In Feb. 2006 I shattered my right wrist doing stunts on a terrain park at Cannon Mt, NH. I had spent the day with a group of friends and at 4 PM the last two of us found ourselves considering the lifts shutting down in 30 minutes.
“I’m going to go to the bar and join the rest.”
“I’m, gonna do one more.”
Famous last words.
I returned to the top of the run to do one more. Picking up speed, I hit a jump that I had done successfully 3 or 4 times already that day. By this time of day, the sun was behind the trees, and the snow had gotten colder, more icy, and harder. I suppose I hit it going faster than previous jumps. I flew 15 feet up into the air. When I came down, I landed kind of funny and pitched forward. Actually, as my wife is fond of saying, I didn’t land funny, I didn’t land at all. If I landed, I would have been fine.
I pitched forward and threw my hands out to brace my fall. Granted this is the worst thing to do, and someone with 10 years experience should know better, but I was wearing wrist braces and feeling pretty unbreakable. My wrist hit the ice and immediately broke, offering me no support. My torso keep going and hit the ice, right on top of my hand. I rolled on my back and convulsed from having the wind knocked out of me. I felt no other pain, but couldn’t move my arm or hand below the elbow.
Multiple people called first aid, some reported me as having a broken his back, some reported me unconscious, others reported me dead. First Aid came expecting the worse. At some point I was aware of a ski patrol standing behind my head looking down at me.
“Hi, what’s your name?”
“Do you know where you are?”
He was trying to assess whether I hit my head.
“How old are you?”
“Wow. 34, and still doing jumps….that’s…good, I guess.”
“Actually, I’m thinking about giving it up.” I said without missing a beat.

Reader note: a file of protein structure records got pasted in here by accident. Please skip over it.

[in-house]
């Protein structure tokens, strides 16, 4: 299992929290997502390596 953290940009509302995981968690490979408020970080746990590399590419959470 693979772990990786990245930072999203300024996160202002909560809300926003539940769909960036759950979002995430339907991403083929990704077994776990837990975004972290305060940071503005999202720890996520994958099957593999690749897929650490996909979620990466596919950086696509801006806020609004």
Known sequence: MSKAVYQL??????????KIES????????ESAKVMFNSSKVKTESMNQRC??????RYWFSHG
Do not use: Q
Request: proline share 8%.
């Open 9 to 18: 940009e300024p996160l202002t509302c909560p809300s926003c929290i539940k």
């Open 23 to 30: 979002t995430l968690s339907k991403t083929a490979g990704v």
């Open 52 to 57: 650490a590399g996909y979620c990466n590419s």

Because I didn’t hit my head, they didn’t have to backboard me. I wrote to the station on the snowmobile and called my buddies to come get me. While I waited, they started to cut my gloves off and the brace. The bones in my wrist were so mangled it didn’t look good at all and now that the adrenaline was wearing off, it really hurt….
“Eric! Eric!” I had lost consciousness in the chair and was just coming around again. “Eric! Can you hear me?”
“Who’s Eric?” I asked.
“You are? Aren’t you?”
“No. I’m Mike, and I might of come around faster if you’d used my name.”
“OK he’s fine,” the snow patrol said to the others and looked a little miffed. They splinted my wrist carefully and sent me on my way. Cautioning me to keep it elevated.
My friends packed me up into a truck and we drove and hour to get to a decent hospital that would be able to call in an orthopedist on Sat. night. Trucks can be quite bouncy. The pain was getting pretty bad too.
We arrived at the ER and were made to wait. They took some initial X-Rays where the attending doctor simply said, “I don’t know what I’m looking at, but I know it doesn’t look normal.” After that I waited 4 hours for the orthopedist, all the while they refused to give me any pain killer until I saw him. In my time, I decided to call my wife, who let me go away for the weekend despite being home with a 3 year old, and 5 months pregnant with no help at home. She was not thrilled to hear from me.
The orthopedist noted that the among the many pieces of my bones now floating around in my forearm a large chunk from the end had slid a few inches down toward my elbow. So much for keeping it elevated. He was going to perform a reduction, which is to say he was going to slide it back and push it down into where it’s suppose to go. For this they allowed me some pain pills, a good 40 minutes of stretching my arm out with weights, and a Novocain shot deep into my wrist.